- Serviceability limit state design by checking surface displacements
- User-defined specifications of limit deflections
- Possibility to consider layer coupling
- Detailed results of individual stress components and ratios in tables and graphics
- Results of stresses for each layer in the model
- Parts list of designed surfaces
- Possible coupling of layers entirely without shear
- How does the "Orthotropic Plastic" material model work in RFEM?
- What is the meaning of the superposition according to the CQC rule in a dynamic analysis??
- Can I use RFEM to calculate a log house three-dimensionally?
- How do I display some results of all load cases in the printout report, but other results of the selected load cases only?
- I would like to carry out the flexural buckling design for timber components with imperfections and internal forces according to the second-order analysis. Is it sufficient to activate this in Details of the RF‑/TIMBER Pro add-on module or is it necessary to make additional settings?
- Can I design laminated veneer lumber with RFEM/RSTAB?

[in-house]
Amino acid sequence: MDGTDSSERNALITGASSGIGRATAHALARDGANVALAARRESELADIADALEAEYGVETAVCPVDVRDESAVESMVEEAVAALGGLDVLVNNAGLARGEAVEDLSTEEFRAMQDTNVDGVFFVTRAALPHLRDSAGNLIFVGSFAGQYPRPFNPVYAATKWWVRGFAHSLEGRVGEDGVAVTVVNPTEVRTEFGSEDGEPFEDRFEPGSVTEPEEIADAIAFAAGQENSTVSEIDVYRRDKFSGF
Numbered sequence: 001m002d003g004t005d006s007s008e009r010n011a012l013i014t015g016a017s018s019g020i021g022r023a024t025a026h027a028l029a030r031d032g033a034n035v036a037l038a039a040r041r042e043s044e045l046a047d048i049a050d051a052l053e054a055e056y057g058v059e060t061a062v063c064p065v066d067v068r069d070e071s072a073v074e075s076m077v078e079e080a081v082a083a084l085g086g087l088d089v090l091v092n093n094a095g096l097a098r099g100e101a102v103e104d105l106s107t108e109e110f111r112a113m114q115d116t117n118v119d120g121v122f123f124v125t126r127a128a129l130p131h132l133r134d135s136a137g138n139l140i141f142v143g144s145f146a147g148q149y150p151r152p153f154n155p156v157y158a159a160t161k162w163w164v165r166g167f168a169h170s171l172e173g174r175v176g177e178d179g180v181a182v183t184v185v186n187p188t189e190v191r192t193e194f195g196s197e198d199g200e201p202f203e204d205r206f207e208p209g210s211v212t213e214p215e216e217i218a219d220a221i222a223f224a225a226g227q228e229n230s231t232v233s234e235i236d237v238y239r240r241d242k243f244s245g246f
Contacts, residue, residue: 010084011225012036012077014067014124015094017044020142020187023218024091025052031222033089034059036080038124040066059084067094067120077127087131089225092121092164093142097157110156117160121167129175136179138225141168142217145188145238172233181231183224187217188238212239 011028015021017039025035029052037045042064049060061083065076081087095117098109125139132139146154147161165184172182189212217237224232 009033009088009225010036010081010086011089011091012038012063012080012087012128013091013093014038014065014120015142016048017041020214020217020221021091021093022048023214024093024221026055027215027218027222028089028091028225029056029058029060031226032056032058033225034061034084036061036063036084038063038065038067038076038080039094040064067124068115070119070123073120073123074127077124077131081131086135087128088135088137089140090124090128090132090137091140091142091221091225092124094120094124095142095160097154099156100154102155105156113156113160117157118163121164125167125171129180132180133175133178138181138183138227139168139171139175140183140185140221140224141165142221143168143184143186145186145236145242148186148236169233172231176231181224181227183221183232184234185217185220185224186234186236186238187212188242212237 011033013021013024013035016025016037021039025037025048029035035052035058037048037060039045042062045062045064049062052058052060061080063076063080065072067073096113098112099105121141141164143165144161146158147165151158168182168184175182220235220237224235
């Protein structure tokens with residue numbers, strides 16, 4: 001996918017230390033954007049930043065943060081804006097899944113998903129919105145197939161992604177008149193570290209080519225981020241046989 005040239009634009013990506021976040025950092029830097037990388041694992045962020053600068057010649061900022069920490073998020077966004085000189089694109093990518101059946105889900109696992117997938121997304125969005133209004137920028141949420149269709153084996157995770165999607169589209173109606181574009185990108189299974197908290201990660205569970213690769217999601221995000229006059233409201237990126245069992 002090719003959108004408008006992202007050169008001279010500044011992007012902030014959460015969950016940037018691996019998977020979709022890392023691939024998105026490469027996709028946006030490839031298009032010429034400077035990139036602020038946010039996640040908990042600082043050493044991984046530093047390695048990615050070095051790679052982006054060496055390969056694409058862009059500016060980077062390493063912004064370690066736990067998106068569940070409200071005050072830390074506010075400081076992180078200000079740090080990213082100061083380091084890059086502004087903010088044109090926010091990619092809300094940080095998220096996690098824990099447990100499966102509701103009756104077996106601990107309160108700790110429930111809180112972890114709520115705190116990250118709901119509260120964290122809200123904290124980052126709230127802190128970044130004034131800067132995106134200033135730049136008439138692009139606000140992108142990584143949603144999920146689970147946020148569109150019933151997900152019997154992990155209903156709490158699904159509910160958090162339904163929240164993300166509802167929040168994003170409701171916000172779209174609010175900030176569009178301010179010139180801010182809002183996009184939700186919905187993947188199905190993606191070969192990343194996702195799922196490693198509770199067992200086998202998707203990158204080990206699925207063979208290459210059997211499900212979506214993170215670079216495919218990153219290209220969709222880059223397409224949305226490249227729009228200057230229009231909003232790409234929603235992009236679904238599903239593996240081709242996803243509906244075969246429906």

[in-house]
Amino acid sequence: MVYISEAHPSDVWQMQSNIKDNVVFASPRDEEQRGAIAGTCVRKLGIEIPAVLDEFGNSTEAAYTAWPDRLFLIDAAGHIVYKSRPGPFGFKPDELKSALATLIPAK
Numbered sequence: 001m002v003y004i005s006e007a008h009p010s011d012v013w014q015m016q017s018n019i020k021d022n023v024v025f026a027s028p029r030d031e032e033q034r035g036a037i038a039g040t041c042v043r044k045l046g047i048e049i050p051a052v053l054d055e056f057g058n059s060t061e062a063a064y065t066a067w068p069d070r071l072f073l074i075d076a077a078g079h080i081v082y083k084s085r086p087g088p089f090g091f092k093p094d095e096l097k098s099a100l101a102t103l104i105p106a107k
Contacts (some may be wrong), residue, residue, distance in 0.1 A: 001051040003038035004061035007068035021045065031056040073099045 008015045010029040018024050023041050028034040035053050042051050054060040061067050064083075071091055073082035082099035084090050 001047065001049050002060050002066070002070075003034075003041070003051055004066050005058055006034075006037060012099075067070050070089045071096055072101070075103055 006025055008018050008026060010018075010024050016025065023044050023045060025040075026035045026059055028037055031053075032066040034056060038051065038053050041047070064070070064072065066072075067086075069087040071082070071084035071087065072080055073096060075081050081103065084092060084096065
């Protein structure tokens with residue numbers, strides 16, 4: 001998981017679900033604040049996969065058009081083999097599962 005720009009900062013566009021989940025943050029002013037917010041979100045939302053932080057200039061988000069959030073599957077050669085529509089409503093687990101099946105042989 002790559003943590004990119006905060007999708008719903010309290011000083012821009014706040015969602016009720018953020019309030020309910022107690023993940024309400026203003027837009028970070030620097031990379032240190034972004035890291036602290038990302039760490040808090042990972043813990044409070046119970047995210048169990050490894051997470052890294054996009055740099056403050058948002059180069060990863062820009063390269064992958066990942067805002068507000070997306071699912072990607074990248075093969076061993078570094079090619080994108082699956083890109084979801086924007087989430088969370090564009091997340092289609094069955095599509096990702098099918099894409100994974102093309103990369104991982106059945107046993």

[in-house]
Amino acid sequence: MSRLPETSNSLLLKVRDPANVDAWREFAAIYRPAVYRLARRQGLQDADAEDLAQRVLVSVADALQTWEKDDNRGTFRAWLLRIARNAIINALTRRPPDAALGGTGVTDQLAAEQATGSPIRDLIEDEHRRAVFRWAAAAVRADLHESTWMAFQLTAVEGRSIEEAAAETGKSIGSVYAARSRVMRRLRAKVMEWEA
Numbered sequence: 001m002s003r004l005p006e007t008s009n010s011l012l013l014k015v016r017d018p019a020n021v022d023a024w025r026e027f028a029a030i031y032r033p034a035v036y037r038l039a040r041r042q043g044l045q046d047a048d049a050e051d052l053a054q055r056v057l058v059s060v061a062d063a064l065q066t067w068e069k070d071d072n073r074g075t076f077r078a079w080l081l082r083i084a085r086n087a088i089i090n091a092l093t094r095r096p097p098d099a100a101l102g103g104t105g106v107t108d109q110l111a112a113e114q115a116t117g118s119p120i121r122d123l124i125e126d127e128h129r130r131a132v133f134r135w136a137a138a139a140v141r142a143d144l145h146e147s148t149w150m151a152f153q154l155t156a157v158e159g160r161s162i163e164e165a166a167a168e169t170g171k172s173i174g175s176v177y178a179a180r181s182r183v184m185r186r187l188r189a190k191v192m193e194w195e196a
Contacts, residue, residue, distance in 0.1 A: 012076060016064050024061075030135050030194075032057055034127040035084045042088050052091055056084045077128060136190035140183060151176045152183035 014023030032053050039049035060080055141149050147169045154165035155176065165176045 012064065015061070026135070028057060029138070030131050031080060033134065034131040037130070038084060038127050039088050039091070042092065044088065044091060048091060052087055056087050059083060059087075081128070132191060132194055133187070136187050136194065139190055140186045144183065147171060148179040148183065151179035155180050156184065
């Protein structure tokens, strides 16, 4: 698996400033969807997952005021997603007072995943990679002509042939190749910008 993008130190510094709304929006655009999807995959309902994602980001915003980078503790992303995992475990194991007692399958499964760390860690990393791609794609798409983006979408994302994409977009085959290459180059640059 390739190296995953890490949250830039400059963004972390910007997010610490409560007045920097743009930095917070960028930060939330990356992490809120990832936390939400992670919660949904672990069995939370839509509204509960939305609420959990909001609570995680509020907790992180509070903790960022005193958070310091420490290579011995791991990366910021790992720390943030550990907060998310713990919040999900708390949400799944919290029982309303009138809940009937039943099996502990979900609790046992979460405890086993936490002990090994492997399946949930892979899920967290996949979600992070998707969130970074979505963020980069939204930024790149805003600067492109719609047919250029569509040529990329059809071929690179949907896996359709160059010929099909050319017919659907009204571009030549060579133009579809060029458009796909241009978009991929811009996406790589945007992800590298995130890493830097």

- How can I calculate a timber-concrete composite floor with cross-laminated timber?
- Is it possible to save the structures of the manufacturer-specific cross-laminated timber plates in the RF‑LAMINATE add-on module?
- How is it possible to display the main support direction graphically in RF‑LAMINATE?
- Is it possible to create a second design case in RF‑LAMINATE?
Programs Used for Structural Analysis
Structural engineering software for finite element analysis (FEA) of planar and spatial structural systems consisting of plates, walls, shells, members (beams), solids and contact elements
Timber design according to Eurocode 5, SIA 265 and/or DIN 1052
Stability analysis according to the eigenvalue method
Generation of equivalent geometric imperfections and pre-deformed initial structures for nonlinear calculations